Saturday, April 7, 2018

SFFILM 61 Day 4: Smoke

The 61st San Francisco International Film Festival began Wednesday and runs through April 17th. Each day during the festival I'll be posting about a festival selection I've seen or am anticipating.

Image from Smoke provided by SFFILM
Smoke (USA: Wayne Wang, 1995)
playing: 7:30 tonight at Dolby Cinema as part of the festival's Tribute to Wayne Wang

I believe I saw Smoke years ago, perhaps shortly after it was released onto videocassette (I seem to associate it with those Blockbuster plastic cases) but I barely remember it at all. I definitely recommend listening to its director talk about how he protected this Miramax release from the meddling of Harvey Weinstein in his recent KQED interview.

I'm interested in this screening for two main reasons beyond refreshing my memory of what at the time was apparently a forgettable movie for me (albeit one that I've heard others talk of more positively in the meantime). One is that I'm interested in hearing the director of great San Francisco (and not just Chinatown) films like Chan is Missing and Dim Sum: a Little Bit of Heart speak about his work in person; he'll be interviewed by the auteur of Colma: the Musical and Fruit Fly, H.P. Mendoza.

The other reason is my curiosity about the Dolby Cinema, which as far as I know has only opened to the general public for ticketed screenings twice: during the first weekend of the San Francisco International Film Festival last year, and during the first weekend of the festival this year. In 2017 I took advantage of the occasion only for one film, Score: A Film Music Documentary, which certainly showed off the sound capabilities of the space well by way of Bernard Herrmann, John Williams, Hans Zimmer etc (it was heavy on big-budgeted Hollywood symphonic music and barely addressed anything foreign or indie for better and worse). This year I want to see how it stacks up when showing work shot by a great cinematographer, and I think Adam Holender, who shot Midnight Cowboy and Puzzle of a Downfall Child a quarter century before spending time as something of a Miramax house DP, lensing Boaz Yakin's Fresh a year before Smoke and M. Night Shyamalan's studio debut Wide Awake a few years after, qualifies. Normally I'd want to see a movie made during the 35mm era (even if at the tail end, by many though not all accounts) on 35mm but I've heard miraculous things about the Dolby's deep blacks and I want to see them tested out on a new remastered digital "print" so I can know precisely what photochemical restorations are up against these days.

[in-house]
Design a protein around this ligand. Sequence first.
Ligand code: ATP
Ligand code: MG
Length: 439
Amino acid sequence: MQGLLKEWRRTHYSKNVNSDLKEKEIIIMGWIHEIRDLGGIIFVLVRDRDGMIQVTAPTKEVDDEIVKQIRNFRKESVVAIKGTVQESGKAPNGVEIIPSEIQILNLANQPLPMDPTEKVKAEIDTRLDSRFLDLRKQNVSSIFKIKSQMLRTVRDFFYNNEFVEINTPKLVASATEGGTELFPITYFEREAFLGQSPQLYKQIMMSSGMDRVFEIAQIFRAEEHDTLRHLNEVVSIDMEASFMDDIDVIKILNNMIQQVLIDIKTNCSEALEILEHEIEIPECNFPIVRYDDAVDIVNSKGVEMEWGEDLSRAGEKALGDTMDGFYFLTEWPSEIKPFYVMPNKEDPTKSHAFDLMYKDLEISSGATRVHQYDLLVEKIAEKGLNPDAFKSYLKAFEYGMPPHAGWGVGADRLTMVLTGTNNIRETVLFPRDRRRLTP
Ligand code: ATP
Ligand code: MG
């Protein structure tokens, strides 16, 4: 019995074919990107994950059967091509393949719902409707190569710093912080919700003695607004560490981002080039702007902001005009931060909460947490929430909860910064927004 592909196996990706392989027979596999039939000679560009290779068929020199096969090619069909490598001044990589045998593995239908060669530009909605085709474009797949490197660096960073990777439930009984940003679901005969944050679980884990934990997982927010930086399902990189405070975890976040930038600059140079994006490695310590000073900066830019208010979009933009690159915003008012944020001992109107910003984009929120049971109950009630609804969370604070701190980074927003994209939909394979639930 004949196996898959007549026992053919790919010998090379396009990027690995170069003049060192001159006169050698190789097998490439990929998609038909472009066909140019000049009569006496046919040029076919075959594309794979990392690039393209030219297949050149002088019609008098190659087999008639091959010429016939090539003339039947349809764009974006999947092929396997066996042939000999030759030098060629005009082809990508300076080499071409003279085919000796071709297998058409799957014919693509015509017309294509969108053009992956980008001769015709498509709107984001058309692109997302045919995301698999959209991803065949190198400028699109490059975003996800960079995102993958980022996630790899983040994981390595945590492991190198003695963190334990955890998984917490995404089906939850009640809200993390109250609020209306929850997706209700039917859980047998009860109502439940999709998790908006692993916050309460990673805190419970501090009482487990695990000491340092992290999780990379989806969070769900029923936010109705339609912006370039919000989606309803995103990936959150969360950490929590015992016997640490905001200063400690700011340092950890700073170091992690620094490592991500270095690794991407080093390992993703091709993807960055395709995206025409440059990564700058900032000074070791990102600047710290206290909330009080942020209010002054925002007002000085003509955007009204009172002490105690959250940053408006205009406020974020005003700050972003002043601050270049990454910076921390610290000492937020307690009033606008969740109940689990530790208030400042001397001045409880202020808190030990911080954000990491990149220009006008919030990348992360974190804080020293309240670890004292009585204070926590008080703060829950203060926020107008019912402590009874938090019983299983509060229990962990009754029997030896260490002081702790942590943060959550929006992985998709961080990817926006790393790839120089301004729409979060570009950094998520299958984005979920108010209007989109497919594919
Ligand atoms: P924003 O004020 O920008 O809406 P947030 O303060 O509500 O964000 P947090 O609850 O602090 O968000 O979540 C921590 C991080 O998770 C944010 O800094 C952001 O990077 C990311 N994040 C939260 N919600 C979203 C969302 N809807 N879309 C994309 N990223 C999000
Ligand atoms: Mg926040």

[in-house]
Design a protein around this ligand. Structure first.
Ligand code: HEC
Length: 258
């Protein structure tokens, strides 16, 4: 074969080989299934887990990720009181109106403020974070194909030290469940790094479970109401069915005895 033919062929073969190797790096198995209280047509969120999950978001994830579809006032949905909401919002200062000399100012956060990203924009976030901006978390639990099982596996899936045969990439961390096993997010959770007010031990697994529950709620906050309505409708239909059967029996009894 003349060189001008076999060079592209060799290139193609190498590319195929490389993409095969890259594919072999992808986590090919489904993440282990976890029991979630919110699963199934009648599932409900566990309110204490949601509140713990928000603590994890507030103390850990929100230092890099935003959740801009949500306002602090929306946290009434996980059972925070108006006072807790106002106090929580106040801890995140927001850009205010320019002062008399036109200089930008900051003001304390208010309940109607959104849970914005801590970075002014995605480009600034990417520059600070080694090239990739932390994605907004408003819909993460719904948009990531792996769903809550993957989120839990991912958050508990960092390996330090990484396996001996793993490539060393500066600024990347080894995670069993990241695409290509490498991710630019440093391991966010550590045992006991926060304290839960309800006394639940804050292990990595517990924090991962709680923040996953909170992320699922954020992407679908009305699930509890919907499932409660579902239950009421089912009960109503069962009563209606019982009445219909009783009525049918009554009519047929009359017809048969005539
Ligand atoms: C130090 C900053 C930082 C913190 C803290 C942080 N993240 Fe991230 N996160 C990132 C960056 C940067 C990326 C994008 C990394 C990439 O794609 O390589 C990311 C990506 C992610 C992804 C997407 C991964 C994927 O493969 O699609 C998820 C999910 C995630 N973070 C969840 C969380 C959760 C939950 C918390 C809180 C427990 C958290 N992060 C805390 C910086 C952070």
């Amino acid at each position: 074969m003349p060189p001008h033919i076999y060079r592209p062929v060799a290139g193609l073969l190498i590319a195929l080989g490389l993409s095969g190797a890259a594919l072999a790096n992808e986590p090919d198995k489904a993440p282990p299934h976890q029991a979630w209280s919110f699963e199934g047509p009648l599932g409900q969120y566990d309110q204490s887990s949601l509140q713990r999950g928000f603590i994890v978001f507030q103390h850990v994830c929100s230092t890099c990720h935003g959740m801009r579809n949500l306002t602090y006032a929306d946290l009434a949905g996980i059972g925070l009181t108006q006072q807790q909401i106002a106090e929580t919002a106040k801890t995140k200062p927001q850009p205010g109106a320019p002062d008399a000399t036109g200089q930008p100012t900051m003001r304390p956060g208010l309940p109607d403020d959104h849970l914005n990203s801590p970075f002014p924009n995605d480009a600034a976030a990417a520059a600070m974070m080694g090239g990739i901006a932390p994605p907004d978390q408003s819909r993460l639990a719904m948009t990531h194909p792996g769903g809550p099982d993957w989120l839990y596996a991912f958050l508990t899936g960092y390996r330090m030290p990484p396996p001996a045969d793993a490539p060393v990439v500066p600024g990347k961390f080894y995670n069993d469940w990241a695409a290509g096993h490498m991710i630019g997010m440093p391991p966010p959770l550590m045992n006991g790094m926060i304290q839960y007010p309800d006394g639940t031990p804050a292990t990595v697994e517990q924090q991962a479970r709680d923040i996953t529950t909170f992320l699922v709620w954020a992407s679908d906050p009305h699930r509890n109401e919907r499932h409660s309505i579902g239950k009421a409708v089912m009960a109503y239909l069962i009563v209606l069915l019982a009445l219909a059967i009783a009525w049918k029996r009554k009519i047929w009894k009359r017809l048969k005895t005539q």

Unfortunately at this writing all advance tickets to Smoke are unavailable, but you can check the SFFILM website again at the daily "noon release" of tickets to some (not all) SFFILM shows, or wait in the RUSH line to see if you can be seated at the time of the screening. Just remember to eat dinner beforehand; no food or drink of any kind is allowed inside the Dolby, and they check you bags to make sure you won't be a scofflaw.

SFFILM61 Day 4
Other festival options: The first screenings of Golden Gate Award nominated shorts are today, all at the Roxie: narratives & documentaries in one program, animation in another, and experimental works in a third. It's also the second of three SFFILM screenings of Iranian director Mohammad Rasoulof's A Man of Integrity, 9:30 tonight at SFMOMA.

Non-SFFILM option: I can't limit myself to just one: if I weren't going to SFFILM I'd be sorely tempted by tonight's female-focused Other Cinema line-up or the 100-year old Mary Pickford film Stella Maris, with a screenplay by San Francisco's own Frances Marion, screening in 16mm at the Niles Essanay Silent Film Museum in Fremont.

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